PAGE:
11.3 Hash functions
11.31
Suppose we wish to search a linked list of length $n$, where each element contains a key $k$ along with a hash value $h(k)$. Each key is a long character string. How might we take advantage of the hash values when searching the list for an element with a given key?
If every element also contained a hash of the long character string, when we are searching for the desired element, we'll first check if the hashvalue of the node in the linked list, and move on if it disagrees. This can increase the runtime by a factor proportional to the length of the long character strings.
11.32
Suppose that we hash a string of $r$ characters into $m$ slots by treating it as a radix128 number and then using the division method. We can easily represent the number $m$ as a 32bit computer word, but the string of $r$ characters, treated as a radix128 number, takes many words. How can we apply the division method to compute the hash value of the character string without using more than a constant number of words of storage outside the string itself?
1 2 3  sum = 0 for i = 1 to r sum = (sum * 128 + s[i]) % m 
Use sum
as the key.
11.33
Consider a version of the division method in which $h(k) = k \mod m$, where $m = 2^p  1$ and $k$ is a character string interpreted in radix $2^p$. Show that if we can derive string $x$ from string $y$ by permuting its characters, then $x$ and $y$ hash to the same value. Give an example of an application in which this property would be undesirable in a hash function.
We will show that each string hashes to the sum of it's digits $\mod 2^p − 1$. We will do this by induction on the length of the string.

Base case
Suppose the string is a single character, then the value of that character is the value of $k$ which is then taken $\mod m$.

Inductive step.
Let $w = w_1w_2$ where $w_1 \ge 1$ and $w_2 = 1$. Suppose $h(w_1) = k_1$. Then, $h(w) = h(w_1)2^p + h(w_2) \mod 2^p − 1 = h(w_1) + h(w_2) \mod 2^p − 1$. So, since $h(w_1)$ was the sum of all but the last digit $\mod m$, and we are adding the last digit $\mod m$, we have the desired conclusion.
11.34
Consider a hash table of size $m = 1000$ and a corresponding hash function $h(k) = \lfloor m (kA \mod 1) \rfloor$ for $A = (\sqrt 5  1) / 2$. Compute the locations to which the keys $61$, $62$, $63$, $64$, and $65$ are mapped.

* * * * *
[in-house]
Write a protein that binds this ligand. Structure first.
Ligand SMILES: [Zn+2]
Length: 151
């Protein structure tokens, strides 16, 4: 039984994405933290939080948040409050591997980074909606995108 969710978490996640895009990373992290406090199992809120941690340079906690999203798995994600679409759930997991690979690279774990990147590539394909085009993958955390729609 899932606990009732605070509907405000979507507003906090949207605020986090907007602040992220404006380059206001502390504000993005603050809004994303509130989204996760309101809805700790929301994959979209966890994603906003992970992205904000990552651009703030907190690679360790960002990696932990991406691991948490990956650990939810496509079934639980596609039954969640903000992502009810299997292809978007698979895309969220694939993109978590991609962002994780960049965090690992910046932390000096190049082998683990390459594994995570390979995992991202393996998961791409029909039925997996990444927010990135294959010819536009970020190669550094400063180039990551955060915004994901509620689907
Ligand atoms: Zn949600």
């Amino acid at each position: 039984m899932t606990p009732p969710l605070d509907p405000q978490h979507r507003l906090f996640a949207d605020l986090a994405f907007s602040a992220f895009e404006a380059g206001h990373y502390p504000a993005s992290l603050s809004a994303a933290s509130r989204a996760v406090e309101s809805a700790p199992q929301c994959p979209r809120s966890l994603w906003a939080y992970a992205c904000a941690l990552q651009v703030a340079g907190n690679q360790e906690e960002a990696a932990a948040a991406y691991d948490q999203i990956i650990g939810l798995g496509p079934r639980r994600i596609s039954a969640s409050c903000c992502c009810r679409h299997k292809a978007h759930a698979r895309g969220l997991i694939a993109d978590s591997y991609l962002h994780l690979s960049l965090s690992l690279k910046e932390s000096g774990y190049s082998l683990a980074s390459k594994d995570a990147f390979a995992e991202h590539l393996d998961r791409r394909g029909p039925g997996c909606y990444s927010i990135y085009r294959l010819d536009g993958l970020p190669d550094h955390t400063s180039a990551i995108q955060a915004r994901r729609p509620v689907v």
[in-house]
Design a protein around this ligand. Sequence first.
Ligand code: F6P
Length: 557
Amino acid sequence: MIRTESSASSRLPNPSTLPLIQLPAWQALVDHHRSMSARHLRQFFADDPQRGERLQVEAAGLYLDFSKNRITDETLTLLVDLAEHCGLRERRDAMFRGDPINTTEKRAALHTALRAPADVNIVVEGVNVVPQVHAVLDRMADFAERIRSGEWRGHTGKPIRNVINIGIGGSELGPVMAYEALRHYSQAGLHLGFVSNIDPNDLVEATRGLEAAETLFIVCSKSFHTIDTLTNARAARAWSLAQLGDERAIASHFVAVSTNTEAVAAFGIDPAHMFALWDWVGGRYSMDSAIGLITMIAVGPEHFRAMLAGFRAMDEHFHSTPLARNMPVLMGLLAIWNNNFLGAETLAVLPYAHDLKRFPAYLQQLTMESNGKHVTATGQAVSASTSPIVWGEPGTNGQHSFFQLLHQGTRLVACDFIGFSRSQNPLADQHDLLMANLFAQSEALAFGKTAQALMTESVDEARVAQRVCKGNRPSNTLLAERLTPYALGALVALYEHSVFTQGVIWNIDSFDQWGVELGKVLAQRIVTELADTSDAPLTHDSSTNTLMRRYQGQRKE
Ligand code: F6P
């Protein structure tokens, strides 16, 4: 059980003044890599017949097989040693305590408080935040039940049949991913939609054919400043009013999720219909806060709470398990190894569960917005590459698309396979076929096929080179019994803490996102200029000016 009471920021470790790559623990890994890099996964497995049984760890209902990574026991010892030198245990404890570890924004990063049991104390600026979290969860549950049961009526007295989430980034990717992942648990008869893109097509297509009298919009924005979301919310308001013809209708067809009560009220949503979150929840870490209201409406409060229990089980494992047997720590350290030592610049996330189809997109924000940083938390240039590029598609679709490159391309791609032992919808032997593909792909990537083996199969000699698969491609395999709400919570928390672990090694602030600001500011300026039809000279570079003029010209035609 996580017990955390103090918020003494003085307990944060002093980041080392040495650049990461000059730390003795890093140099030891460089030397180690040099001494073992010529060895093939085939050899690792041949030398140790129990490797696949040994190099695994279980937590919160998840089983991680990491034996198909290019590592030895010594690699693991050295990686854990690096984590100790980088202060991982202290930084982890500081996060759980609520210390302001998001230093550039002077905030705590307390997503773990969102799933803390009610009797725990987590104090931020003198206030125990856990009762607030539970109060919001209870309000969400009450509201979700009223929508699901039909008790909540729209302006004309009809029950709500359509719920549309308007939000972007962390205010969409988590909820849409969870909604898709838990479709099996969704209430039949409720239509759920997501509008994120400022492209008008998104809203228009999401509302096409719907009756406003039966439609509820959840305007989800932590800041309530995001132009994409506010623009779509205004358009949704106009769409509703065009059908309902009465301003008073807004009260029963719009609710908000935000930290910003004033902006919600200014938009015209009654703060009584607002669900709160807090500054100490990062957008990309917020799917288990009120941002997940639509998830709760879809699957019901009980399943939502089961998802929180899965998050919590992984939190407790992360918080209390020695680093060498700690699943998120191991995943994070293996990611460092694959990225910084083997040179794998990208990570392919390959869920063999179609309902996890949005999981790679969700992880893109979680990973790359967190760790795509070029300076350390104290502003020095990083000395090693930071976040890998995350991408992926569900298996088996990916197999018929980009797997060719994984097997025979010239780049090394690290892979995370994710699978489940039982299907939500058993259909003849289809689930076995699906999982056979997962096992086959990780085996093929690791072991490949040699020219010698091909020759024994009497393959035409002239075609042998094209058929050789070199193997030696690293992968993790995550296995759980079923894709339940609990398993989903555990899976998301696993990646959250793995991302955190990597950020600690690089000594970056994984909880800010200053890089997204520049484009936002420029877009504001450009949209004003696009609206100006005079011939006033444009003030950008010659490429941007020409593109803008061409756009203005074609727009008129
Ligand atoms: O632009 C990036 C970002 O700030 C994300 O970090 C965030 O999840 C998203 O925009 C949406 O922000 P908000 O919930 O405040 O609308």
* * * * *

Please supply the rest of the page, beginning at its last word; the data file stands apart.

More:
$h(61) = \lfloor 1000(61 \cdot \frac{\sqrt 5  1}{2} \mod 1) \rfloor = 700$.
 $h(62) = \lfloor 1000(62 \cdot \frac{\sqrt 5  1}{2} \mod 1) \rfloor = 318$.
 $h(63) = \lfloor 1000(63 \cdot \frac{\sqrt 5  1}{2} \mod 1) \rfloor = 936$.
 $h(64) = \lfloor 1000(64 \cdot \frac{\sqrt 5  1}{2} \mod 1) \rfloor = 554$.
 $h(65) = \lfloor 1000(65 \cdot \frac{\sqrt 5  1}{2} \mod 1) \rfloor = 172$.
11.35 $\star$
Define a family $\mathcal H$ of hash functions from a finite set $U$ to a finite set $B$ to be $\epsilon$universal if for all pairs of distinct elements $k$ and $l$ in $U$,
$$\Pr\{h(k) = h(l)\} \le \epsilon,$$
where the probability is over the choice of the hash function $h$ drawn at random from the family $\mathcal H$. Show that an $\epsilon$universal family of hash functions must have
$$\epsilon \ge \frac{1}{B}  \frac{1}{U}.$$
As a simplifying assumption, assume that $B$ divides $U$. It's just a bit messier if it doesn't divide evenly.
Suppose to a contradiction that $\epsilon > \frac{1}{B}  \frac{1}{U}$. This means that $\forall$ pairs $k, \ell \in U$, we have that the number $n_{k, \ell}$ of hash functions in $\mathcal H$ that have a collision on those two elements satisfies $n_{k, \ell} \le \frac{\mathcal H}{B}  \frac{\mathcal H}{U}$. So, summing over all pairs of elements in $U$, we have that the total number is $\le \frac{\mathcal HU^2}{2B}  \frac{\mathcal HU}{2}$.
Any particular hash function must have that there are at least $B\binom{U / B}{2} = B\frac{U^2  UB}{2B^2} = \frac{U^2}{2B}  \frac{U}{2}$ colliding pairs for that hash function, summing over all hash functions, we get that there are at least $\mathcal H \left(\frac{U^2}{2B}  \frac{U}{2}\right)$ colliding pairs total. Since we have that there are at most some number less than this many, we have a contradiction, and so must have the desired restriction on $\epsilon$.
11.36 $\star$
Let $U$ be the set of $n$tuples of values drawn from $\mathbb Z_p$, and let $B = \mathbb Z_p$, where $p$ is prime. Define the hash function $h_b: U \rightarrow B$ for $b \in \mathbb Z_p$ on an input $n$tuple $\langle a_0, a_1, \ldots, a_{n  1} \rangle$ from $U$ as
$$h_b(\langle a_0, a_1, \ldots, a_{n  1} \rangle) = \Bigg(\sum_{j = 0}^{n  1} a_jb^j \Bigg) \mod p,$$
and let $\mathcal{H} = \{h_b : b \in \mathbb Z_p\}$. Argue that $\mathcal H$ is $((n  1) / p)$universal according to the definition of $\epsilon$universal in Exercise 11.35. ($\textit{Hint:}$ See Exercise 31.44.)
Fix $b \in \mathbb Z_p$. By exercise 31.44, $h_b(x)$ collides with $h_b(y)$ for at most $n  1$ other $y \in U$. Since there are a total of $p$ possible values that $h_b$ takes on, the probability that $h_b(x) = h_b(y)$ is bounded from above by $\frac{n  1}{p}$, since this holds for any value of $b$, $\mathcal H$ is $((n  1 ) /p)$universal.